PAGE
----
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Seventeenth Century

Eighteenth Century



Elysha Massatt
Home-schooled Senior in High School


Milton’s Upon the Circumcision : Meter and Meaning

        In his religious poem, “Upon the Circumcision,” Milton creates the specific scene before us, passionately urging on us the poignant pathos and grief of the moment, and draws us into the religious questions, escaping any imputation of dogmatic canting.  He doesn’t explain religious beliefs – he presents their origins so that we cannot ignore them, but must struggle with such essential issues as heaven and earth, sorrow and sin, and love and justice.
        The structure of the poem is arranged in two stanzas of fourteen lines each, that is, two sonnets juxtaposed.  The rhyme scheme, which is the same for both sonnets, is divided up in an unusual a b c b a c c d d c e f f e arrangement, which, combined with the sonnet form, allows a strong sense of order without any accompanying sense of intrusion, predictability or singsong.
        The first sonnet, without giving any details of the circumcision or even mentioning it specifically, evokes all the questioning emotion and provides all the background needed to examine the event as it affects everyone. The section before the first sonnet’s concluding triplet is addressed to the angels, “flaming powers and winged warriors of the sky,” which gives us a divine reference frame full of fiery beings, an image that helps us understand Milton’s reference to heaven later on.   Five lines into the sonnet the tone changes, moving chronologically from a short while ago when all was hushed, awed joy, to now, when we mourn and “He now bleeds to give us ease.” With this deep contrast and sorrow present before us, he wraps the sonnet up with three concluding lines: “Alas, how soon our sin sore doth begin His Infancy to seize!”  In these lines, Milton addresses people instead of angels, and introduces the concept of sin to the already intriguing combination of earthly sorrowful waiting and angelic joy.  This conclusion not only adds depth to the sonnet already created, but also brings up a number of unanswered questions, striking an unresolved chord.  The poem might have ended easily after the first sonnet if its ending triplet didn’t require Milton to delve into its origins and meanings.
        By involving us in the pain we have inflicted on the innocent by our sin, Milton leads us from the immediate scene we are pondering into the great question of whether love or justice is greater:  “O more exceeding love or law more just?”  The event is clearly so sad and so intolerable that justice or love both seem inconceivable.  This question of love and justice has been considered ponderously and impersonally by the philosophers of the ages. The question is immediately followed by Milton’s answer:  “Just law indeed, but more exceeding love!” In this case, love worked within the law, triumphing over it as this sonnet triumphs over its meter. How can this be?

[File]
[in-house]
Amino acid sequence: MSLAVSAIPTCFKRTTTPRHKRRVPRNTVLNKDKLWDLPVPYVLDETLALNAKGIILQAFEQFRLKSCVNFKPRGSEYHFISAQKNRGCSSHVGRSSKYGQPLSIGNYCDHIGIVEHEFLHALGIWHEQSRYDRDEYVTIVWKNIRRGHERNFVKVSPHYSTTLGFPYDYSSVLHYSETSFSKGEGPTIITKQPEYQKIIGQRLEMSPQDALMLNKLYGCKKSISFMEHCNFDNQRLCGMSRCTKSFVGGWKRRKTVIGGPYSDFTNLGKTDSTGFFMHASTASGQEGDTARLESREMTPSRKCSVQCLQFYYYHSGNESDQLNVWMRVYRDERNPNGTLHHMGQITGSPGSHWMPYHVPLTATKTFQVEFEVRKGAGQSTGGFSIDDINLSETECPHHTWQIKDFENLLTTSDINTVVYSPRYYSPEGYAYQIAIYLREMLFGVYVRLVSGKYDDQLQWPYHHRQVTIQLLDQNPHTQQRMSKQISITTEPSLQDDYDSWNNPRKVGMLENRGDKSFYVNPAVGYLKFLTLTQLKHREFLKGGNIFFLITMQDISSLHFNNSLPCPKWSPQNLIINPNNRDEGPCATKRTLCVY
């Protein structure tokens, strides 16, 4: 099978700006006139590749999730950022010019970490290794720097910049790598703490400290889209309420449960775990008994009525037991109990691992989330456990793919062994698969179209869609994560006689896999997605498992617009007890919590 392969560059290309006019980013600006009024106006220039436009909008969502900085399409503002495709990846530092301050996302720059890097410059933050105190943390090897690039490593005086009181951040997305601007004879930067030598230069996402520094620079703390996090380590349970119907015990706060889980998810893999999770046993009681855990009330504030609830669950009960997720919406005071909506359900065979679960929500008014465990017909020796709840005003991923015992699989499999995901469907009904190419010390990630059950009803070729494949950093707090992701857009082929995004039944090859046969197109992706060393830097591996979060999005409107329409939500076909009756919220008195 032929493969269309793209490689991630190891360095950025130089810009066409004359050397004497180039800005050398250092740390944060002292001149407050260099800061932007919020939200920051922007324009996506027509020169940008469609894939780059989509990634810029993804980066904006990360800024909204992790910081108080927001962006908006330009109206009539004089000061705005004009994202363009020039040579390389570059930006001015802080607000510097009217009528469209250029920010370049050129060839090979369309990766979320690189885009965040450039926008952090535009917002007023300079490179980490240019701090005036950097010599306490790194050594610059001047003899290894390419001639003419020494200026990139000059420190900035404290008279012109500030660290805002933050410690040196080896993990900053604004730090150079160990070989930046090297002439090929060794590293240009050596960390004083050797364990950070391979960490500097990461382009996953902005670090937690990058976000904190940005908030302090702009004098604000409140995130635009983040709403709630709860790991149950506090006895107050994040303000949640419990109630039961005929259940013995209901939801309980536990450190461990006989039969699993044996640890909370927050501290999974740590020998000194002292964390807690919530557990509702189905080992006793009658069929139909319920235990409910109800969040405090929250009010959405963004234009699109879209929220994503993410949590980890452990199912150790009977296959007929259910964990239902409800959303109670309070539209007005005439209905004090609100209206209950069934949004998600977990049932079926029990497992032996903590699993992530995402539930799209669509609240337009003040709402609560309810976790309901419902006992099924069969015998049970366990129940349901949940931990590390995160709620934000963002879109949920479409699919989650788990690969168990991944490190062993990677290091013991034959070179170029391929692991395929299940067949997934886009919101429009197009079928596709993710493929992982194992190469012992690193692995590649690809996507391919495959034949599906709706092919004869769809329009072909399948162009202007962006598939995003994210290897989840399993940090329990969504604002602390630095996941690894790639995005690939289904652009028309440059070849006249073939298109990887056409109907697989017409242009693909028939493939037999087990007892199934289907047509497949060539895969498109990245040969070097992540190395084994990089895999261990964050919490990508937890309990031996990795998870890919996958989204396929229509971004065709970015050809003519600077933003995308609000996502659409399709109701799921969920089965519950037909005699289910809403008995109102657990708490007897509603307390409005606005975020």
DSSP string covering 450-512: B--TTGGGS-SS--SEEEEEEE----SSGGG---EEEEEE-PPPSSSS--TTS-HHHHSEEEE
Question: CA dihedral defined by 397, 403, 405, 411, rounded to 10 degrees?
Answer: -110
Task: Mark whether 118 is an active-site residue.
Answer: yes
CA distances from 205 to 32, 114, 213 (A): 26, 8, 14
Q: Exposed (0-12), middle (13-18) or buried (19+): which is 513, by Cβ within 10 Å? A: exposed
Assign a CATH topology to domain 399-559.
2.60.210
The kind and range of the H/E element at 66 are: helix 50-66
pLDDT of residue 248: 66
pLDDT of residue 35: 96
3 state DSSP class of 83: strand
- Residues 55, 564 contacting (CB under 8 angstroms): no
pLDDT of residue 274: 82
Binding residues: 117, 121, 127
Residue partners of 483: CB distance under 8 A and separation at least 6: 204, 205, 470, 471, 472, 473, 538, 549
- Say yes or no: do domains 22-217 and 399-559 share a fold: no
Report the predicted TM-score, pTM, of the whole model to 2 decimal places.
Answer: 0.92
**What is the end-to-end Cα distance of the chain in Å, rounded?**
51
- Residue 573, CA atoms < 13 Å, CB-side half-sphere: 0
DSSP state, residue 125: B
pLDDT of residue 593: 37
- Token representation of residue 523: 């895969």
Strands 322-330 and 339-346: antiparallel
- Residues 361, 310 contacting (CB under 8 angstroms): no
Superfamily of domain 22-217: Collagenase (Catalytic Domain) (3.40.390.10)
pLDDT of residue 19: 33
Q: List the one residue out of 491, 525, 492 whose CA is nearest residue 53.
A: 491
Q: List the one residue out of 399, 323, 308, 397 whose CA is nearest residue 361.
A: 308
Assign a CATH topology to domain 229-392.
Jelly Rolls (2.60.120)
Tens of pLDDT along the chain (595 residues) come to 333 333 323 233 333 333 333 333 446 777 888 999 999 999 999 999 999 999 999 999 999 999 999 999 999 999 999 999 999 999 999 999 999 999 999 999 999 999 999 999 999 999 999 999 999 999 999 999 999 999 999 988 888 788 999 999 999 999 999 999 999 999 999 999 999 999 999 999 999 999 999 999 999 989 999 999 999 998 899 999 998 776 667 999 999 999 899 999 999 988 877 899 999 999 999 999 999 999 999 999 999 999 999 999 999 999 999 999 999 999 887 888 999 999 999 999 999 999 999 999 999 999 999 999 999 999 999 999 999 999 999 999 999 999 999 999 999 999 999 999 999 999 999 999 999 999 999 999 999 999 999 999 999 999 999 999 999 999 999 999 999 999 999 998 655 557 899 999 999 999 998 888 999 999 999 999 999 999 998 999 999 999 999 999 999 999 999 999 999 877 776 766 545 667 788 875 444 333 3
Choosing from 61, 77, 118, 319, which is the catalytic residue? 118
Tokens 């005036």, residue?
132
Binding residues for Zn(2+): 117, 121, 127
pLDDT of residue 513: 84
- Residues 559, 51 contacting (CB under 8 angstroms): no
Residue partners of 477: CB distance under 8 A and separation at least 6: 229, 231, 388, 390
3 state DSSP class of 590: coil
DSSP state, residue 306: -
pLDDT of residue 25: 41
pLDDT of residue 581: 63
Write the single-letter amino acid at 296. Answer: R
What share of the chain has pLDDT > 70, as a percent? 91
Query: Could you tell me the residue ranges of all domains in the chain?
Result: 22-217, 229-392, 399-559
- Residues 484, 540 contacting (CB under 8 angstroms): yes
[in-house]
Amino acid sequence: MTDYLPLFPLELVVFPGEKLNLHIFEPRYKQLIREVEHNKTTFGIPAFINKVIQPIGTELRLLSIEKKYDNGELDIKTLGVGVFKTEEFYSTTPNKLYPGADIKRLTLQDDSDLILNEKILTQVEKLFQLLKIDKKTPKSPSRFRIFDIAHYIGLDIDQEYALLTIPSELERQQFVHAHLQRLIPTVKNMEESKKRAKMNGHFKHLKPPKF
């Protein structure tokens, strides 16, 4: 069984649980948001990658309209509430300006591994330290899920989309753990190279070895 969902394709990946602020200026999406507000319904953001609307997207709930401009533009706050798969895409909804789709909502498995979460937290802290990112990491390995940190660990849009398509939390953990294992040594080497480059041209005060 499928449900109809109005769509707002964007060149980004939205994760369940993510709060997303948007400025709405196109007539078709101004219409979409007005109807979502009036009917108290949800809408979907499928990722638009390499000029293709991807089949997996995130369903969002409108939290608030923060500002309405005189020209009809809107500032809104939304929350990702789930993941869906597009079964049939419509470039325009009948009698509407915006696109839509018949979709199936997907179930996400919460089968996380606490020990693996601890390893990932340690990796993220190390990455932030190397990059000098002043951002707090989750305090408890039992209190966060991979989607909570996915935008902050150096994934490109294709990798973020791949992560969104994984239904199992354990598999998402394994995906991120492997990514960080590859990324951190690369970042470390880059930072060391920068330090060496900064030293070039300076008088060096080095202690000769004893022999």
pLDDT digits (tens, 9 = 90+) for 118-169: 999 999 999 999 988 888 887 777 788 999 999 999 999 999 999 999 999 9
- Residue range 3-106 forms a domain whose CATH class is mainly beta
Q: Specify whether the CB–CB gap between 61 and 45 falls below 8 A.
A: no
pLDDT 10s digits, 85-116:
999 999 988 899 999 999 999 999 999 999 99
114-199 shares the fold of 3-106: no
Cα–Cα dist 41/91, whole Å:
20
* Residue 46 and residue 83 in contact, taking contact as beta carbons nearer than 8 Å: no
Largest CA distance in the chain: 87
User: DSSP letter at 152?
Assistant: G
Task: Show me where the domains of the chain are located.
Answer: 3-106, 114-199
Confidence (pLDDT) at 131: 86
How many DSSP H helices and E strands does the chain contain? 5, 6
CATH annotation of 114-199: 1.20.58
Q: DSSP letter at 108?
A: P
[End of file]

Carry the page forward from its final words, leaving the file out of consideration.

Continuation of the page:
For we by rightful doom remediless
Were lost in death, till he that dwelt above
High-throned in secret bliss, for us frail dust
Emptied his glory, even to nakedness;

Although beautifully worded, this passage could, by itself, easily be labeled didactic and dogmatic.  As it is, though, every Christian reference made in this stanza has a parallel emotion or event presented in the previous part so that it holds much more meaning for the readers.  Our “rightful doom remediless,” reminds us of the “Seas wept from our deep sorrow.”  We understand God, “High-throned in secret bliss,” by remembering the angels’ fiery essence that might be so far distant from us as to be unable to weep.  The image of how Christ “Emptied his glory, even to nakedness” directly parallels Jesus’ entry into the world and his nakedness at the circumcision.  The passage shows the great love demonstrated through what appeared on the surface to be most unjust and unkind.
        If the first four lines after the question and answer demonstrate God’s love as it was manifested in the original scene, the second quatrain demonstrates how justice was satisfied and fulfilled through the great and perfect love of God. God took on both sides of his Covenant, satisfying its demands and bearing the mete of Justice, and the circumcision was the painful seal of obedience to all this. The real conclusion appears in Milton’s prediction of a greater pain yet to come.  No longer do we regard pain as unjust and unloving, although we will weep anyway.  This focuses us back on the initial subject, the circumcision, and gives the larger consequence in the light of what we have already learned.
        Although the poem is about a topic painful and sad, the overall message is brilliant with hope and light, the words are eloquent and thought-provoking, and the presentation compels readers to struggle with questions they may have previously disregarded as unimportant.

Text copyright ©2001 Elysha Massatt. All Rights Reserved.
Published by Luminarium through express written permission.

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This page was created by Anniina Jokinen on September 19, 2001. Last updated April 16, 2012.


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